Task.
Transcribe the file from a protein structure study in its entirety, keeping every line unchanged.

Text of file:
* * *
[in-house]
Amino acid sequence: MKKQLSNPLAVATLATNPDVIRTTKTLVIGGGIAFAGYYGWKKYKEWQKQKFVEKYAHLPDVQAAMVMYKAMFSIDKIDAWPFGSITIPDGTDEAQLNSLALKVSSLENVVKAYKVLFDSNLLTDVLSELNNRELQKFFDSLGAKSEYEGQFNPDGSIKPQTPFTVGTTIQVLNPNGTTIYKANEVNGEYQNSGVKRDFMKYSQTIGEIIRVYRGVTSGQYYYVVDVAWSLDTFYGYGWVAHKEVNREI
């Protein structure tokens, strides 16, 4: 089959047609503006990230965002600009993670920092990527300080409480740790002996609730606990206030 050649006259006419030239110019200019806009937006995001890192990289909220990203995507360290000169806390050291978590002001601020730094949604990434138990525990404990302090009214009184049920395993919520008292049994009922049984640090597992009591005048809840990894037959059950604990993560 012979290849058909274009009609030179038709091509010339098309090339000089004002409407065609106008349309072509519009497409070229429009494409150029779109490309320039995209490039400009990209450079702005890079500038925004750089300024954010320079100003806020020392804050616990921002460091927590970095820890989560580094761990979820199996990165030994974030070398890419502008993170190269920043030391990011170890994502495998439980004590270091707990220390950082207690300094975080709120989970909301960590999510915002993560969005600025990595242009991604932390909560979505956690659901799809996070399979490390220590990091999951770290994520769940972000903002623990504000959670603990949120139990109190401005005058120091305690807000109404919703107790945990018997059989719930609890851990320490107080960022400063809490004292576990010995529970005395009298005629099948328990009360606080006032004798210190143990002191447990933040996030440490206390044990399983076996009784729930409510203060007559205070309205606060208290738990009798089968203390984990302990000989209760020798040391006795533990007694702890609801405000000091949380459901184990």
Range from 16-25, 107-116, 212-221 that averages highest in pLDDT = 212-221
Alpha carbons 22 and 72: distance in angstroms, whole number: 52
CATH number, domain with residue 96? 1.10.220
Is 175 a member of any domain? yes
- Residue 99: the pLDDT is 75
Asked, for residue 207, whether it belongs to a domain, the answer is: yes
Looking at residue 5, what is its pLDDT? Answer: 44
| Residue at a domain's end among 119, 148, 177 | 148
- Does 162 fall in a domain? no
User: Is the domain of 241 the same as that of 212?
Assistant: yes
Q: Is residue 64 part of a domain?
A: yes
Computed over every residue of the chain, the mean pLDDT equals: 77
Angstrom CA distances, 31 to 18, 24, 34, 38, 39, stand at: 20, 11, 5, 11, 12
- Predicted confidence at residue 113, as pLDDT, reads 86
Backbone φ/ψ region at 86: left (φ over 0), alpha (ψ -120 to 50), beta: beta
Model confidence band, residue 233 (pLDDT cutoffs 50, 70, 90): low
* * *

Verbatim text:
[in-house]
Amino acid sequence: MKKQLSNPLAVATLATNPDVIRTTKTLVIGGGIAFAGYYGWKKYKEWQKQKFVEKYAHLPDVQAAMVMYKAMFSIDKIDAWPFGSITIPDGTDEAQLNSLALKVSSLENVVKAYKVLFDSNLLTDVLSELNNRELQKFFDSLGAKSEYEGQFNPDGSIKPQTPFTVGTTIQVLNPNGTTIYKANEVNGEYQNSGVKRDFMKYSQTIGEIIRVYRGVTSGQYYYVVDVAWSLDTFYGYGWVAHKEVNREI
């Protein structure tokens, strides 16, 4: 089959047609503006990230965002600009993670920092990527300080409480740790002996609730606990206030 050649006259006419030239110019200019806009937006995001890192990289909220990203995507360290000169806390050291978590002001601020730094949604990434138990525990404990302090009214009184049920395993919520008292049994009922049984640090597992009591005048809840990894037959059950604990993560 012979290849058909274009009609030179038709091509010339098309090339000089004002409407065609106008349309072509519009497409070229429009494409150029779109490309320039995209490039400009990209450079702005890079500038925004750089300024954010320079100003806020020392804050616990921002460091927590970095820890989560580094761990979820199996990165030994974030070398890419502008993170190269920043030391990011170890994502495998439980004590270091707990220390950082207690300094975080709120989970909301960590999510915002993560969005600025990595242009991604932390909560979505956690659901799809996070399979490390220590990091999951770290994520769940972000903002623990504000959670603990949120139990109190401005005058120091305690807000109404919703107790945990018997059989719930609890851990320490107080960022400063809490004292576990010995529970005395009298005629099948328990009360606080006032004798210190143990002191447990933040996030440490206390044990399983076996009784729930409510203060007559205070309205606060208290738990009798089968203390984990302990000989209760020798040391006795533990007694702890609801405000000091949380459901184990």
Range from 16-25, 107-116, 212-221 that averages highest in pLDDT = 212-221
Alpha carbons 22 and 72: distance in angstroms, whole number: 52
CATH number, domain with residue 96? 1.10.220
Is 175 a member of any domain? yes
- Residue 99: the pLDDT is 75
Asked, for residue 207, whether it belongs to a domain, the answer is: yes
Looking at residue 5, what is its pLDDT? Answer: 44
| Residue at a domain's end among 119, 148, 177 | 148
- Does 162 fall in a domain? no
User: Is the domain of 241 the same as that of 212?
Assistant: yes
Q: Is residue 64 part of a domain?
A: yes
Computed over every residue of the chain, the mean pLDDT equals: 77
Angstrom CA distances, 31 to 18, 24, 34, 38, 39, stand at: 20, 11, 5, 11, 12
- Predicted confidence at residue 113, as pLDDT, reads 86
Backbone φ/ψ region at 86: left (φ over 0), alpha (ψ -120 to 50), beta: beta
Model confidence band, residue 233 (pLDDT cutoffs 50, 70, 90): low